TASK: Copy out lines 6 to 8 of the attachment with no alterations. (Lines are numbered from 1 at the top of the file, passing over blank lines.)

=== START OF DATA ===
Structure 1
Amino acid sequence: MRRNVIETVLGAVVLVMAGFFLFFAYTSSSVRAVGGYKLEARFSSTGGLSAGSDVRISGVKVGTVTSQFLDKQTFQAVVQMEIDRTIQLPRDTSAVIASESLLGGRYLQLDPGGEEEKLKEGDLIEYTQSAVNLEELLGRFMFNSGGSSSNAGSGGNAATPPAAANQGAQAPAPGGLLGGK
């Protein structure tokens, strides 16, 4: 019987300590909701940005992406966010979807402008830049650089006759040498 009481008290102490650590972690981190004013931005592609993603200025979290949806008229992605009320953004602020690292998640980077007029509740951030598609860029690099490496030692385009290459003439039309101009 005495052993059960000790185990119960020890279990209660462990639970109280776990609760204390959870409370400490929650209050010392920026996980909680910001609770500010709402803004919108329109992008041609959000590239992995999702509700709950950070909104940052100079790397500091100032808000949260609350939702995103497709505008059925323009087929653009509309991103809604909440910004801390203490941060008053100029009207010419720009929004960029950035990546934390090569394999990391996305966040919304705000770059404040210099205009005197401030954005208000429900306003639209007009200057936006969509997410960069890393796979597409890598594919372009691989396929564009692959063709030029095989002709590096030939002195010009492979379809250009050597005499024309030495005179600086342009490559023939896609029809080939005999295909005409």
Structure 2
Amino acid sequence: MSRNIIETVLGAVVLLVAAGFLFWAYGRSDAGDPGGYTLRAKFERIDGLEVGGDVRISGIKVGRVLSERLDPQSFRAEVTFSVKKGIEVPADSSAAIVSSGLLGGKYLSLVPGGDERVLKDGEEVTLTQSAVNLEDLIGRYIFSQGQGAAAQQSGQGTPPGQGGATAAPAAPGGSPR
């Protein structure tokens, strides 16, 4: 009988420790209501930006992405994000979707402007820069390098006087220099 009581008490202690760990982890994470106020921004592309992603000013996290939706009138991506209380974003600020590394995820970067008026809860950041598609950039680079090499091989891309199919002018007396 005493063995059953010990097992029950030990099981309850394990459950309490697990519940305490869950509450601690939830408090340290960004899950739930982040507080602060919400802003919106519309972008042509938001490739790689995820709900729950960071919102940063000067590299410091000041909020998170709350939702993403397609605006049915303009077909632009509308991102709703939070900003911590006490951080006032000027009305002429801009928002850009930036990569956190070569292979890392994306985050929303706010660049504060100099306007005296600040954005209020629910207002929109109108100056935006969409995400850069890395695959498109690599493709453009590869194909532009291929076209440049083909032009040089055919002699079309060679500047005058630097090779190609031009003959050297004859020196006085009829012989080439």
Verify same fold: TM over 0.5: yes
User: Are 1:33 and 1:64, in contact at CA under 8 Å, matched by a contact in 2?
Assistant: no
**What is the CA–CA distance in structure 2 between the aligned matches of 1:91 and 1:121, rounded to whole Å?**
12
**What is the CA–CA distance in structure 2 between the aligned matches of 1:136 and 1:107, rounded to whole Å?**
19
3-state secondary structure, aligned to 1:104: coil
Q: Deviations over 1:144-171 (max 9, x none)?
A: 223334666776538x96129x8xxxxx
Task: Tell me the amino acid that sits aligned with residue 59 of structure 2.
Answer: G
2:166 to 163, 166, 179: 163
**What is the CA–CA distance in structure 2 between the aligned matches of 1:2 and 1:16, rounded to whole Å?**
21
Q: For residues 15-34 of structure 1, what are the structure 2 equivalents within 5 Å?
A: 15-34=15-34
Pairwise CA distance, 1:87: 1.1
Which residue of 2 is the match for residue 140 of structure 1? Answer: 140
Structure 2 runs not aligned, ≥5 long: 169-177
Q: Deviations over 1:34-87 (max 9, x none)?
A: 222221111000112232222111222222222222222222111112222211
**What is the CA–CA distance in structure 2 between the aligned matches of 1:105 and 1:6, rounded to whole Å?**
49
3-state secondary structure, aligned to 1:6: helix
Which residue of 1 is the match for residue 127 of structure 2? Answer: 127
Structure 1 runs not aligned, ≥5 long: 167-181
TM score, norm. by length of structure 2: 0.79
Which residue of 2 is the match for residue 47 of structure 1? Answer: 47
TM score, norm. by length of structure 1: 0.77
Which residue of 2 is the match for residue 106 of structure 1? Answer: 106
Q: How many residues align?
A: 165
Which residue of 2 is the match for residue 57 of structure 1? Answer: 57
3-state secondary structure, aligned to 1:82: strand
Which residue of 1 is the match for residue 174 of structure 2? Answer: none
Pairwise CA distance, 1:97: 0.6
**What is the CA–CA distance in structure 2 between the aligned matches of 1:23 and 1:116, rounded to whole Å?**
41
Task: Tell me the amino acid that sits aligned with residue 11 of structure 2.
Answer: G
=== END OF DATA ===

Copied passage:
């Protein structure tokens, strides 16, 4: 009988420790209501930006992405994000979707402007820069390098006087220099 009581008490202690760990982890994470106020921004592309992603000013996290939706009138991506209380974003600020590394995820970067008026809860950041598609950039680079090499091989891309199919002018007396 005493063995059953010990097992029950030990099981309850394990459950309490697990519940305490869950509450601690939830408090340290960004899950739930982040507080602060919400802003919106519309972008042509938001490739790689995820709900729950960071919102940063000067590299410091000041909020998170709350939702993403397609605006049915303009077909632009509308991102709703939070900003911590006490951080006032000027009305002429801009928002850009930036990569956190070569292979890392994306985050929303706010660049504060100099306007005296600040954005209020629910207002929109109108100056935006969409995400850069890395695959498109690599493709453009590869194909532009291929076209440049083909032009040089055919002699079309060679500047005058630097090779190609031009003959050297004859020196006085009829012989080439």
Verify same fold: TM over 0.5: yes
User: Are 1:33 and 1:64, in contact at CA under 8 Å, matched by a contact in 2?